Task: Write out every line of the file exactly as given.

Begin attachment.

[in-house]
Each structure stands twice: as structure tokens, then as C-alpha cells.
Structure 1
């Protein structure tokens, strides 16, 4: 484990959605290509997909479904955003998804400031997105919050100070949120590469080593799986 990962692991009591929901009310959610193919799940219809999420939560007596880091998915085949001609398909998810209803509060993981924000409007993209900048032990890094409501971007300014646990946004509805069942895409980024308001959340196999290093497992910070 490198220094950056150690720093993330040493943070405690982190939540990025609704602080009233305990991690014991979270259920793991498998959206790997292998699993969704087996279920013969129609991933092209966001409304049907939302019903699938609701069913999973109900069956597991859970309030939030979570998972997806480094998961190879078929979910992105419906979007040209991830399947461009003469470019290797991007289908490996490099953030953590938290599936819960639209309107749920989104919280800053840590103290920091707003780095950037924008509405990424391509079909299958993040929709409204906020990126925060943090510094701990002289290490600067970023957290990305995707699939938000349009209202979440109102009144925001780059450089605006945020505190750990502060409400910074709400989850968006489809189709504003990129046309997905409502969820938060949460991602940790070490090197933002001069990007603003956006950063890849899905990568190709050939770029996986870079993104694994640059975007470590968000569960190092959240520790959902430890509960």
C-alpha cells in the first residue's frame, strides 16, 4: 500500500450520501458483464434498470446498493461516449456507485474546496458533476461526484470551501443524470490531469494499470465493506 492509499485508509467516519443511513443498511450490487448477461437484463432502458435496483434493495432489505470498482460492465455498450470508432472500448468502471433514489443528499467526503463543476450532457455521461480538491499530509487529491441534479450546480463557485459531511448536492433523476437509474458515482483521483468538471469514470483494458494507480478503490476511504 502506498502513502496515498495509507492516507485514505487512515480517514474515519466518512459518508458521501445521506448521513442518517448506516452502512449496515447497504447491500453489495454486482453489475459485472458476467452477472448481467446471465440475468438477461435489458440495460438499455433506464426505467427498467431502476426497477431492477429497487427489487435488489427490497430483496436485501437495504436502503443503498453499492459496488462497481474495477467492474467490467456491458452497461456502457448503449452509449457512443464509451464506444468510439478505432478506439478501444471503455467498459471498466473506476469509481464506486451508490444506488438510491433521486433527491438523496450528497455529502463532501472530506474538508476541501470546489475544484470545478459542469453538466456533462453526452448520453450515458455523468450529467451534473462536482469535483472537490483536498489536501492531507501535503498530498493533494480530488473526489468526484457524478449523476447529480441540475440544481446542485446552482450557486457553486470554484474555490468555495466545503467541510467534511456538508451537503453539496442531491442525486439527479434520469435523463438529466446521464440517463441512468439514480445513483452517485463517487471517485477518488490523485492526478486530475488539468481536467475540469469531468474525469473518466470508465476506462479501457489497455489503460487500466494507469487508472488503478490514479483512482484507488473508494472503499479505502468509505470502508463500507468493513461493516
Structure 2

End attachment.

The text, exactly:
[in-house]
Each structure stands twice: as structure tokens, then as C-alpha cells.
Structure 1
């Protein structure tokens, strides 16, 4: 484990959605290509997909479904955003998804400031997105919050100070949120590469080593799986 990962692991009591929901009310959610193919799940219809999420939560007596880091998915085949001609398909998810209803509060993981924000409007993209900048032990890094409501971007300014646990946004509805069942895409980024308001959340196999290093497992910070 490198220094950056150690720093993330040493943070405690982190939540990025609704602080009233305990991690014991979270259920793991498998959206790997292998699993969704087996279920013969129609991933092209966001409304049907939302019903699938609701069913999973109900069956597991859970309030939030979570998972997806480094998961190879078929979910992105419906979007040209991830399947461009003469470019290797991007289908490996490099953030953590938290599936819960639209309107749920989104919280800053840590103290920091707003780095950037924008509405990424391509079909299958993040929709409204906020990126925060943090510094701990002289290490600067970023957290990305995707699939938000349009209202979440109102009144925001780059450089605006945020505190750990502060409400910074709400989850968006489809189709504003990129046309997905409502969820938060949460991602940790070490090197933002001069990007603003956006950063890849899905990568190709050939770029996986870079993104694994640059975007470590968000569960190092959240520790959902430890509960």
C-alpha cells in the first residue's frame, strides 16, 4: 500500500450520501458483464434498470446498493461516449456507485474546496458533476461526484470551501443524470490531469494499470465493506 492509499485508509467516519443511513443498511450490487448477461437484463432502458435496483434493495432489505470498482460492465455498450470508432472500448468502471433514489443528499467526503463543476450532457455521461480538491499530509487529491441534479450546480463557485459531511448536492433523476437509474458515482483521483468538471469514470483494458494507480478503490476511504 502506498502513502496515498495509507492516507485514505487512515480517514474515519466518512459518508458521501445521506448521513442518517448506516452502512449496515447497504447491500453489495454486482453489475459485472458476467452477472448481467446471465440475468438477461435489458440495460438499455433506464426505467427498467431502476426497477431492477429497487427489487435488489427490497430483496436485501437495504436502503443503498453499492459496488462497481474495477467492474467490467456491458452497461456502457448503449452509449457512443464509451464506444468510439478505432478506439478501444471503455467498459471498466473506476469509481464506486451508490444506488438510491433521486433527491438523496450528497455529502463532501472530506474538508476541501470546489475544484470545478459542469453538466456533462453526452448520453450515458455523468450529467451534473462536482469535483472537490483536498489536501492531507501535503498530498493533494480530488473526489468526484457524478449523476447529480441540475440544481446542485446552482450557486457553486470554484474555490468555495466545503467541510467534511456538508451537503453539496442531491442525486439527479434520469435523463438529466446521464440517463441512468439514480445513483452517485463517487471517485477518488490523485492526478486530475488539468481536467475540469469531468474525469473518466470508465476506462479501457489497455489503460487500466494507469487508472488503478490514479483512482484507488473508494472503499479505502468509505470502508463500507468493513461493516
Structure 2